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Nicolas Darvas

Nicolas Darvas

Nicolas Darvas (1920–1977) was a self-taught investor and author. He is best known for his book, “How I Made $2,000,000 in the Stock Market.”



Hungarian by birth, Darvas trained as an economist at the University of Budapest. Reluctant to remain in Hungary until either the Nazis or the Soviet Union took over, he fled in June 1943 at the age of 23 with a forged exit visa and fifty pounds sterling to Istanbul, Turkey. Sometime later, he met up with his half-sister Julia. who became his partner in a dancing team in Europe and the United States.

In April 1953 the two appeared with Judy Garland and Bob Hope. By 1956, they were touring.


During his off hours as a dancer, he had read some 200 books on the market and on speculators, sometimes reading up to eight hours a day. He began his studies by reading the following:

  • ABC of Investing, by R. C. Effinger
  • The Stock Market, by Dice & Eiteman
  • The Securities Market: And How It Works, by B. E. Schultz
  • Your Investments, by Leo Barnes
  • Profits In The Stock Market, by H. M. Gartley
  • Consistent Profits In The Stock Market, by Curtis Dahl
  • You Can Make Money on the Stock Market, by E. J. Mann

The two books which he read almost every week were The Battle for Investment Survival, by Gerald M. Loeb, published in 1935, and Tape Reading and Market Tactics, by Humphrey Bancroft Neill, published in 1931.

Darvas invested in a couple of stocks for which the share price had risen. The stocks continued to rise and he subsequently sold them at a profit. He subsequently came up with an approach and plan for trading stocks from which he received $2,450,000.00 in 18 months, during the 1957-58 bull market,seven years since his first trade.

From the week ending 12/16/1957 through the week ending 7/27/1959, the S&P 500 rose over 53%. Market moves of that size have only happened seven times since 1950, according to Yahoo Finance weekly S&P 500 prices.

His main source of stock selection was from Barron’sThe magazine was usually a week-old edition, since he was traveling in his performing dance troupe. He would use cables and telegrams to send his buy and sell stop orders to his broker in New York City. From now on Darvas would select a stock when it made a good advance on strong volume, with favourable fundamental company research.

Darvas claimed his method often revealed the signs of insider trading before a company’s release of favourable news to the public.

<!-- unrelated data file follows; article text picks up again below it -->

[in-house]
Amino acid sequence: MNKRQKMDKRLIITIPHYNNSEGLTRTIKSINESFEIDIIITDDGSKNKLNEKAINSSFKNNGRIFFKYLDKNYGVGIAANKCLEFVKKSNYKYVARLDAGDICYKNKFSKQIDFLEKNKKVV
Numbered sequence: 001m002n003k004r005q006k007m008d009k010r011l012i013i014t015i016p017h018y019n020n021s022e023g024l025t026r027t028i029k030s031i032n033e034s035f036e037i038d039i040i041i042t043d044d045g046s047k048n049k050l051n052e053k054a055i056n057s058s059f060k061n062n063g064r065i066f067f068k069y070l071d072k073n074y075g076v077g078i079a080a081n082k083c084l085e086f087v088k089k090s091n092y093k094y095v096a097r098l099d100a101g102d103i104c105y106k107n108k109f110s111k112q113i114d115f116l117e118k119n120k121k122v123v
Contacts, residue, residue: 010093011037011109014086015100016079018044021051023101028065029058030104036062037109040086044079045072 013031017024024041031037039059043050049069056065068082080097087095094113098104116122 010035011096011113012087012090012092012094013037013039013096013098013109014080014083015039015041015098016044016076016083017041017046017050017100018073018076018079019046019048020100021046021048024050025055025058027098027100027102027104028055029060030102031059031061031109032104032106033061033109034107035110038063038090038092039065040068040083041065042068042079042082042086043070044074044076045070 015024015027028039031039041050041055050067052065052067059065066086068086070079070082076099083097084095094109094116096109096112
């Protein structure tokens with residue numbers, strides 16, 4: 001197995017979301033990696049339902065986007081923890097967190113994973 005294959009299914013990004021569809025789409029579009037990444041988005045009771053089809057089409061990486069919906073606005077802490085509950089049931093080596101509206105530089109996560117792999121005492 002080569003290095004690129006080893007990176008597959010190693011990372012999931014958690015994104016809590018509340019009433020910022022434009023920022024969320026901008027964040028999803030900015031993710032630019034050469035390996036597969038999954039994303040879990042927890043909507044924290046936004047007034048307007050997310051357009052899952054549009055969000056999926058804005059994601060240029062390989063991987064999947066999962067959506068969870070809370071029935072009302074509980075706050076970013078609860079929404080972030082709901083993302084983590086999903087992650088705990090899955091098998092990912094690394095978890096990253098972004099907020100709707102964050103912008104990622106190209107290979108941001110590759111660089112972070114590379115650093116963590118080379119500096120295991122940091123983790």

His stock selection method was called “BOX theory”. He considered a stock price wave as a series of boxes. When the stock price was confined in a box, he waited. He bought when the price rose out of the box. He simultaneously set a stop-loss just under this trade price.

At the age of 39, after accumulating his fortune and also being exposed in Time magazine, Darvas documented his actions in the book, How I Made 2,000,000 in the Stock Market. The book describes his “Box System”, which he used to buy and sell stocks.

1960 criminal investigation

Time magazine subsequently reported that the New York Attorney General had “thrown the book” at Darvas, charging that his story was “unqualifiedly false” and that it could find “ascertainable” profits of only $216,000. The action was the first to be taken under a broadened state law that banned fraud or misrepresentation in giving investment advice.

In a follow up, dated 13 January 1961, Time reported that the probe was blocked by the court, which ruled that the investigation by Attorney General Louis J. Lefkowitz was an “unwarranted invasion of the free press”. Time also reported that state investigators admitted that they had not been able to track down all of the dancer’s brokerage accounts.

Darvas called the charges false, a “cynically irresponsible action, book burning by publicity”. He stated, “I keep out in a bear market and leave such exceptional stocks to those who don’t mind risking their money against the market trend”.

Darvas claimed to have never sold short. He said in 1977, “I have never done it myself because psychologically I am not cut out for short selling. But I think markets have now changed their character so much that all experienced investors should seriously consider it. It is not for the proverbial widows and orphans, though.” 

The Anatomy of Success

In his third book, he wrote “Later, I went on to explore and become successful in other fields, the fashion industry, theatrical producing, real estate are just a few”. Here he claims “the formula for success remains essentially the same”. In the book he set out what he called “the rules to be followed”. “But one must know the correct route”. In his last book, You Can Still Make It In the Market,. Darvas gives the rules for a method called “Dar-Card”.


Darvas died in 1977.


  • How I Made 2,000,000 in the Stock Market. Published in 1960.
  • Wall Street: The Other Las Vegas. Published in 1964.